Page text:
On 12th September 2018 the Bishop of St Albans, Rt Revd Alan Smith, spoke in a House of Lords debate tabled by Lord Broooke of Alverthorpe “To ask Her Majesty’s Government what assessment they have made of the trends in different types of addiction in England and Wales.” He focused his comments on gambling addiction and the steps needed to address the social harm being caused.
The Lord Bishop of St Albans: My Lords, I am grateful to the noble Lord, Lord Brooke, for raising this issue and to the noble Lord, Lord Chadlington; I wish to address the same area, but he has done it with eloquence and passion. I will try not to repeat the arguments he made, although there may be a little bit of duplication.
Gambling addiction is now a major public health issue in the UK. We have an estimated 430,000 problem gamblers. As well as the huge financial cost to us as a nation, which falls on the taxpayer, it is affecting other areas of life. Last week, for example, Simon Stevens, the chief executive of NHS England, spoke of the huge additional burden it is putting on the NHS; some estimate that it is costing the NHS £610 million per year at a time when budgets are really stretched. But this is not about the financial costs alone. Gambling addicts have higher rates of separation and divorce than the general population, and higher levels of homelessness. Problem gambling affects all age groups, but particularly large numbers of children are either at risk or designated as problem gamblers.
We are told from the research that children will, on average, see at least three gambling adverts each day, so it is not surprising that recent research shows that 450,000 children aged from 11 to 15 in England and Wales gamble. We saw this clearly in the summer during the World Cup; every break was dominated by adverts. If we think that is just something that happened over the summer, what about last Sunday’s expose on BBC Radio’s “5 Live Investigates”, on which we were both featured? It exposed the number of Premier League club websites with youth sections directly linked to gambling sites. These sometimes even used the team’s colours. Within hours of the expose, all the clubs had removed the links, saying, “It was just one of those unfortunate things.”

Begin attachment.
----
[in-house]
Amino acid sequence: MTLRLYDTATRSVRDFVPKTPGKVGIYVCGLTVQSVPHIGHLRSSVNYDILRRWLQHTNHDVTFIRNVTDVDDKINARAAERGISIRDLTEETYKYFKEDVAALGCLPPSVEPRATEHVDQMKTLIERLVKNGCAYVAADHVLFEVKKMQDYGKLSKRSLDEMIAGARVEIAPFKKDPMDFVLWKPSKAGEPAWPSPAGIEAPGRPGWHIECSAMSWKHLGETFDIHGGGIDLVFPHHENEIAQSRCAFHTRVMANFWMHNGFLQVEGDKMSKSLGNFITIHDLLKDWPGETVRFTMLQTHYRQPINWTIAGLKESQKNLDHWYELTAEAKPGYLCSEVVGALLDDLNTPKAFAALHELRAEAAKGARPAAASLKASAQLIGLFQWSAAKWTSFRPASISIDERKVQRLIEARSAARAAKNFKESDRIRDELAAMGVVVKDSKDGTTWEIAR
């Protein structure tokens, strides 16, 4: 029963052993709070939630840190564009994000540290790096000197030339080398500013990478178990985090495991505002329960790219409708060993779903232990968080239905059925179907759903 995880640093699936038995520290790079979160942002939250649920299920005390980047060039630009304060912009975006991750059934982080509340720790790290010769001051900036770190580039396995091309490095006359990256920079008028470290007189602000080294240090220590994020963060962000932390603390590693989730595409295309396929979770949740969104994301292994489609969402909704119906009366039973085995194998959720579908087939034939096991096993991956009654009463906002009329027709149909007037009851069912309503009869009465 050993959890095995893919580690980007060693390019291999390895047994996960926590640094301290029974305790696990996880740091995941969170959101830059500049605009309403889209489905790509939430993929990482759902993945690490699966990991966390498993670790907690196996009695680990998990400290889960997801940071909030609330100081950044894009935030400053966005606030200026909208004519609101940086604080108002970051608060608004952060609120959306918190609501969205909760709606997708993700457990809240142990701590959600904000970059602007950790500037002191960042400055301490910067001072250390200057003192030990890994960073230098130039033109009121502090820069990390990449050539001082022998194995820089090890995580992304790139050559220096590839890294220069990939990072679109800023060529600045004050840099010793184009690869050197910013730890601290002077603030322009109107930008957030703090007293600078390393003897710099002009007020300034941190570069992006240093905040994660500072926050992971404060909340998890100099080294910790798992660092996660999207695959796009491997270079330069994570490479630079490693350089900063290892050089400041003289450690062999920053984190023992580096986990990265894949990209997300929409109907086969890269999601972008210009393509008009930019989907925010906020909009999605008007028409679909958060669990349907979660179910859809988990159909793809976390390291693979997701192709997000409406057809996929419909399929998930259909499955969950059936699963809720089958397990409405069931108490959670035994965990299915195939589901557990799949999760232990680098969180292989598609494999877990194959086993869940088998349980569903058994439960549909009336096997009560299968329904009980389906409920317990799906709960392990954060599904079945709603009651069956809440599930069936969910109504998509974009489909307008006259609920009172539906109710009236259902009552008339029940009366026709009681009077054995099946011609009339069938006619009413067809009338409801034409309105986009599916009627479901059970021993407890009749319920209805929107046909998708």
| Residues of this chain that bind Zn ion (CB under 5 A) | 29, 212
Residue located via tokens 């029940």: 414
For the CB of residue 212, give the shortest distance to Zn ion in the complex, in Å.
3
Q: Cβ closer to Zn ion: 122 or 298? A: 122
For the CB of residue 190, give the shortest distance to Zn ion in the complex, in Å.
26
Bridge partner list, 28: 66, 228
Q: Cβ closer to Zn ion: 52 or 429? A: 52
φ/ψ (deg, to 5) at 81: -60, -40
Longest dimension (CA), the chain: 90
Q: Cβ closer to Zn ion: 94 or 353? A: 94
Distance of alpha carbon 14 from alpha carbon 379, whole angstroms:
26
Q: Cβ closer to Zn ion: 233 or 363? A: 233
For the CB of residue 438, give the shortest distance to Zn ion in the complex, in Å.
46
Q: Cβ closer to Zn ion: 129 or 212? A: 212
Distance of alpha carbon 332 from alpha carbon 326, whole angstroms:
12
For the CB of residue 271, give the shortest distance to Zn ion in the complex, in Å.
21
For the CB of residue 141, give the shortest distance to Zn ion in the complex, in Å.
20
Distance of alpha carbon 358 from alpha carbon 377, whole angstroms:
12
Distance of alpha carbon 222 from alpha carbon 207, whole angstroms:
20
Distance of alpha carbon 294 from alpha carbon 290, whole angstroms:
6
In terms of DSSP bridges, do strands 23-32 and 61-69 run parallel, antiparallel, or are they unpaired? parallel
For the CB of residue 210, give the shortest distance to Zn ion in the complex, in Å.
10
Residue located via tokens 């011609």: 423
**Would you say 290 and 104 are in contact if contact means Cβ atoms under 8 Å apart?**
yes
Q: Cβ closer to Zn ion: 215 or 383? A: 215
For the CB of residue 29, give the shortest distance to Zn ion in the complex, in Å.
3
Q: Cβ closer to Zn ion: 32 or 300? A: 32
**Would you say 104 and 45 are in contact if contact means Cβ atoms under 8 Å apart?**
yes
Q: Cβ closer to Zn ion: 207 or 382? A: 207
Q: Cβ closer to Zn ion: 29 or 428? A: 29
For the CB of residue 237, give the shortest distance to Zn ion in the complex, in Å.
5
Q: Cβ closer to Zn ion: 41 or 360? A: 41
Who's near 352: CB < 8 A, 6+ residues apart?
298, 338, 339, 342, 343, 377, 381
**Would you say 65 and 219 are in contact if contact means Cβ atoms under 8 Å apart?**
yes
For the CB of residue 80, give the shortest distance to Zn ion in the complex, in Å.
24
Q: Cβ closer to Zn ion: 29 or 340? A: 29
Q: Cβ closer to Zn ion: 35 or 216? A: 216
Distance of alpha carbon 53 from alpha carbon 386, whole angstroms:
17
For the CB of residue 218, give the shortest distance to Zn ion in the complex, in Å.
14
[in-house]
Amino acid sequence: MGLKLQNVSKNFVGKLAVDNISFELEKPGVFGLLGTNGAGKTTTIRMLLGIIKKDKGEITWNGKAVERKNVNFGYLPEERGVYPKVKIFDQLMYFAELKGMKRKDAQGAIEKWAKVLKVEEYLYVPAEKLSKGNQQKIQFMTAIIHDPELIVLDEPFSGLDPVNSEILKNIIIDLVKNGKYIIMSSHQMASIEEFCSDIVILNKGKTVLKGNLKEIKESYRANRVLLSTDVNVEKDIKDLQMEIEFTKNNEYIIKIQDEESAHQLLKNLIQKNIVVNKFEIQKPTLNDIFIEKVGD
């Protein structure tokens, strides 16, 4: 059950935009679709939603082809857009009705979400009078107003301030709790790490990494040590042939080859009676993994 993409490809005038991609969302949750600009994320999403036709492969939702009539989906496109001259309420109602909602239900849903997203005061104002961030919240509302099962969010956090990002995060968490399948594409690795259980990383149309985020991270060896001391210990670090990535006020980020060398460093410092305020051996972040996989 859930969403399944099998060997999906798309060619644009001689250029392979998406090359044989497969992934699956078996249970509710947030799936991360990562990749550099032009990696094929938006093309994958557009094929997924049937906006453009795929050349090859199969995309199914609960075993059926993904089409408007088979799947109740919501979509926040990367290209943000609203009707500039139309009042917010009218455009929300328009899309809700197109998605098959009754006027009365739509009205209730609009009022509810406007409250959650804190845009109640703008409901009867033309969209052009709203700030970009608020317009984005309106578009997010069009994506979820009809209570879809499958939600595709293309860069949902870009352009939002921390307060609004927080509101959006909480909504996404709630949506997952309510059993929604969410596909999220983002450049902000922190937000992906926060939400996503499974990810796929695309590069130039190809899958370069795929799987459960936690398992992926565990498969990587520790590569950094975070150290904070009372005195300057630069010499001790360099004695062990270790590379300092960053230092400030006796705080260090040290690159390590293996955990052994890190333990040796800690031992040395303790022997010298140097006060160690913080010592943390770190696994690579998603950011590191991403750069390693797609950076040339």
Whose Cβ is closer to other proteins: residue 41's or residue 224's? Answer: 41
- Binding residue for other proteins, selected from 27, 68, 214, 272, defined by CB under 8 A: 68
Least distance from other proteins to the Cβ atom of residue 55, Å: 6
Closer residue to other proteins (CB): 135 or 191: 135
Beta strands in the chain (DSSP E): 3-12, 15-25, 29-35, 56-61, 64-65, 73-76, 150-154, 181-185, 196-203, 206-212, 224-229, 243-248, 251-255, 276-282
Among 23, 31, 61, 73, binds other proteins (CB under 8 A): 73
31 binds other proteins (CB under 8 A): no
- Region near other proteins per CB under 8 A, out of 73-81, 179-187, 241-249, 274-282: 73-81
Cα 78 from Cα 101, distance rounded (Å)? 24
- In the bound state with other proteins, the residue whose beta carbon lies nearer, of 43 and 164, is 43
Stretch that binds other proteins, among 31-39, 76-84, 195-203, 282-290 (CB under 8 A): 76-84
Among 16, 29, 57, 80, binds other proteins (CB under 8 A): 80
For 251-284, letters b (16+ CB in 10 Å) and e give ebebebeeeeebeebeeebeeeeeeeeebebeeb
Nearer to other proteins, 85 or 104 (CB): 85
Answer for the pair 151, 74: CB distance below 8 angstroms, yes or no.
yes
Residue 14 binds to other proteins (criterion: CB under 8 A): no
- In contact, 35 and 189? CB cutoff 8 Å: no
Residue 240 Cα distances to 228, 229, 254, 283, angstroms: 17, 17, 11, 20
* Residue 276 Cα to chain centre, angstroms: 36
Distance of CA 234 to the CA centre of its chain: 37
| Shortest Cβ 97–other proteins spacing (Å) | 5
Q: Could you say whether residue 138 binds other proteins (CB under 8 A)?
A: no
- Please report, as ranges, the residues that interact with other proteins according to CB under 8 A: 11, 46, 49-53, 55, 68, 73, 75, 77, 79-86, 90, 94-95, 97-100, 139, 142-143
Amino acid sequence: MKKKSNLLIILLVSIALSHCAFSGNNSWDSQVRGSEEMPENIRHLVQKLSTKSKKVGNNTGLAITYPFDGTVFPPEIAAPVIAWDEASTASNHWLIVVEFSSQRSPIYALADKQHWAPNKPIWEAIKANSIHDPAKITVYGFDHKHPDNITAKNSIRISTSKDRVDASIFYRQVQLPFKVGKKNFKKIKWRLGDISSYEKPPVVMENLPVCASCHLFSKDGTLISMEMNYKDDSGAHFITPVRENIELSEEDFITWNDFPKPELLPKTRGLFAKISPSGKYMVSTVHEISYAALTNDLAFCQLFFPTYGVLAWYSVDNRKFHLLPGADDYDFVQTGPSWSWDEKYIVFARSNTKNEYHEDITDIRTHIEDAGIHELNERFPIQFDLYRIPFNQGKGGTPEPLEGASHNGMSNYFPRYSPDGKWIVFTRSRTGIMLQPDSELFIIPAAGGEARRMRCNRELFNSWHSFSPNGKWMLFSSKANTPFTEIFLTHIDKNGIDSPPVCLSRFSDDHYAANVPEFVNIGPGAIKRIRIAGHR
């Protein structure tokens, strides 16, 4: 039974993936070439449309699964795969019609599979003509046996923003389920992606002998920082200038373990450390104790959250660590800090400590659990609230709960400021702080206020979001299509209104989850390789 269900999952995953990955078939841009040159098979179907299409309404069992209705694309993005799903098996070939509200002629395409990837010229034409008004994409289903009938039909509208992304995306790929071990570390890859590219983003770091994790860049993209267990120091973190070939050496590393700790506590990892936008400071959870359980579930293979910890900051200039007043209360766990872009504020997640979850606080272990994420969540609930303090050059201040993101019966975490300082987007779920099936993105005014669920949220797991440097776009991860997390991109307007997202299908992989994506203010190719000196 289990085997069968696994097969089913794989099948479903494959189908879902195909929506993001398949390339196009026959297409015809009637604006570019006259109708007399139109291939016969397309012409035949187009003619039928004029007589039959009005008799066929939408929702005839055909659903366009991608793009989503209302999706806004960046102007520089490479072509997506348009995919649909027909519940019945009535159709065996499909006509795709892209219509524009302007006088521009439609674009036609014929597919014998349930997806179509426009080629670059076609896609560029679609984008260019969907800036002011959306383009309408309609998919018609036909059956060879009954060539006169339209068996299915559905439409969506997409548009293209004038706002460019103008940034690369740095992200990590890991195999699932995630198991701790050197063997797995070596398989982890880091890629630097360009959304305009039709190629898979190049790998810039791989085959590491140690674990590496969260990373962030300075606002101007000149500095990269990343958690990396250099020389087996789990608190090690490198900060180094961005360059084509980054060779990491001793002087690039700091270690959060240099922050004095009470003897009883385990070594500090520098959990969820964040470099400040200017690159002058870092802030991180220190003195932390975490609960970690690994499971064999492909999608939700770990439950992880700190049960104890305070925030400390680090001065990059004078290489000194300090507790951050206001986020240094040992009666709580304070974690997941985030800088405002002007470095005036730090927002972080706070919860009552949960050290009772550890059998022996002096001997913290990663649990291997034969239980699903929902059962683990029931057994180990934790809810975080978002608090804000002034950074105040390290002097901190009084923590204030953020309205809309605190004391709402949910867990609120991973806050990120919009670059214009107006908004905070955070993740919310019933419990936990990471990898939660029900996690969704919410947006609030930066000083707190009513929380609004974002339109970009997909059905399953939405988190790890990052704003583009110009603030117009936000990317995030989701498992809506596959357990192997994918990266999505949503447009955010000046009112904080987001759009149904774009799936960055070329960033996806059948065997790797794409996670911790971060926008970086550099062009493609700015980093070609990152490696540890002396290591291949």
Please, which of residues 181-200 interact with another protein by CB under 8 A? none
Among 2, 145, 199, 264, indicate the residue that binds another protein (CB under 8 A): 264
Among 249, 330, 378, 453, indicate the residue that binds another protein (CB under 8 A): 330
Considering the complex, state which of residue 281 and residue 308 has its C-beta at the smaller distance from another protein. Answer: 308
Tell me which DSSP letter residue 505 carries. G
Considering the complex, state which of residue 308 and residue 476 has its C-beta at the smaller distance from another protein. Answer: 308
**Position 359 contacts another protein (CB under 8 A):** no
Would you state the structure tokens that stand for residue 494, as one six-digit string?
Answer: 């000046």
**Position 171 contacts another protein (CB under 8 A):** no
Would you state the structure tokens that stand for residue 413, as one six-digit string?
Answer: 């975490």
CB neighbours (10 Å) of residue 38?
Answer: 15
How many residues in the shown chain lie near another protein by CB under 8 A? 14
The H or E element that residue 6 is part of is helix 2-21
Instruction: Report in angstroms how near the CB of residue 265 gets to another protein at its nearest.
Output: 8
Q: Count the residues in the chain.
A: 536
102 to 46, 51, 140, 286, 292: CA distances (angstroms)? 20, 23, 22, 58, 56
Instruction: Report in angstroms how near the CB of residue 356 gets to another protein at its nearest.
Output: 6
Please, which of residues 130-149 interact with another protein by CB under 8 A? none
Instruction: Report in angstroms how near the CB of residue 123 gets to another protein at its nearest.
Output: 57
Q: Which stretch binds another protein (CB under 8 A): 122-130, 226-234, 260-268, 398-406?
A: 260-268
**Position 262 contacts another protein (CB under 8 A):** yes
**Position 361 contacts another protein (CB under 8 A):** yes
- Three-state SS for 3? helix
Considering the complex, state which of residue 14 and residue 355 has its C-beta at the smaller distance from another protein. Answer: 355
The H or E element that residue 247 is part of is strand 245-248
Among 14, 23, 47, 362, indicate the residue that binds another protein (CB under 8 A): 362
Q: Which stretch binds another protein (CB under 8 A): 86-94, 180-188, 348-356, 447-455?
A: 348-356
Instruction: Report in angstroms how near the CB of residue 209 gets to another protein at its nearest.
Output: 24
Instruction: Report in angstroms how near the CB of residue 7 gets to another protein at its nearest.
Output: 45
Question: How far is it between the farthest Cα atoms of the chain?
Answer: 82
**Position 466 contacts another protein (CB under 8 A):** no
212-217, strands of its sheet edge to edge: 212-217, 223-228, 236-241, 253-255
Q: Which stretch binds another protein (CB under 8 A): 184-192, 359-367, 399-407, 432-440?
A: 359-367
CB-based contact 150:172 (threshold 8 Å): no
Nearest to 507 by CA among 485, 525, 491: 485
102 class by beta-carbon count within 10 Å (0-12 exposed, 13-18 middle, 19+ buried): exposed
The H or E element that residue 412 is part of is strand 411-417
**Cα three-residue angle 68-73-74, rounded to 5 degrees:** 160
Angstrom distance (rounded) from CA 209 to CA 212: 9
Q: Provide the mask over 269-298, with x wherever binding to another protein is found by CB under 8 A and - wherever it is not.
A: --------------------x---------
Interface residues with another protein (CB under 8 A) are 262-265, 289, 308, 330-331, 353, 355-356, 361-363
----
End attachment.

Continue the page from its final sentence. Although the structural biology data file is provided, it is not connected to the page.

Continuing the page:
This is serious. The advertising strategy is clever; for example, just last month a gambling company sponsored sports fixtures with adverts particularly designed to attract teenagers, as the personalities promoting the fixtures were dominated by well-known YouTubers. The straplines used to show they offer responsible gambling are incredibly clever: “When the fun stops, stop.” But if one looks at it, the word “fun” is in capital letters, in bold. In other words, it is subliminally saying just the opposite of what we are told they put it up to say; it is just a blatant advert.
Children, as we have heard, are being conditioned to think that gambling is both normal and a necessary enhancer of game play. Online games are increasingly using in-game gambling features. The lax regulation on online gambling poses a worrying threat to future rates of gambling, so I am not at all surprised that the number of people who think that gambling is dangerous to family life and should be discouraged has risen steadily since 2010. Research shows that problem gambling affects people in every part of society, but it is disproportionately harming people who are economically inactive or living in deprived areas. These communities have the greatest number of betting shops and FOBT machines.
The noble Lord, Lord Chadlington, has already mentioned some of the things we need to do. I concur with him on a number of them. We certainly need some form of mandatory levy on the gambling industry. I do not know how we would do it—I am not an expert—but, as Simon Stevens pointed out last week, the system of voluntary contributions is not working. We need independent academic research totally separate from the gambling industry, probably funded by that levy but with the money going through a third-party so that it cannot be influenced. It needs to look into the way that online games are normalising and socialising gambling among a whole generation of young people. Many parents I speak to are deeply concerned about this.
Thirdly, we need to give regulators additional power and responsibilities to police online gambling adverts. Fourthly, we need to get a handle on the social problems that gambling addiction is causing—in particular, suicide. We need to find a way to record the effect that gambling is having on suicides and to give coroners a statutory obligation always to record when there is clearly some link. We need that sort of research. No one is suggesting that responsible adults cannot have an occasional bet, but we have now moved way beyond this and we need to take action urgently.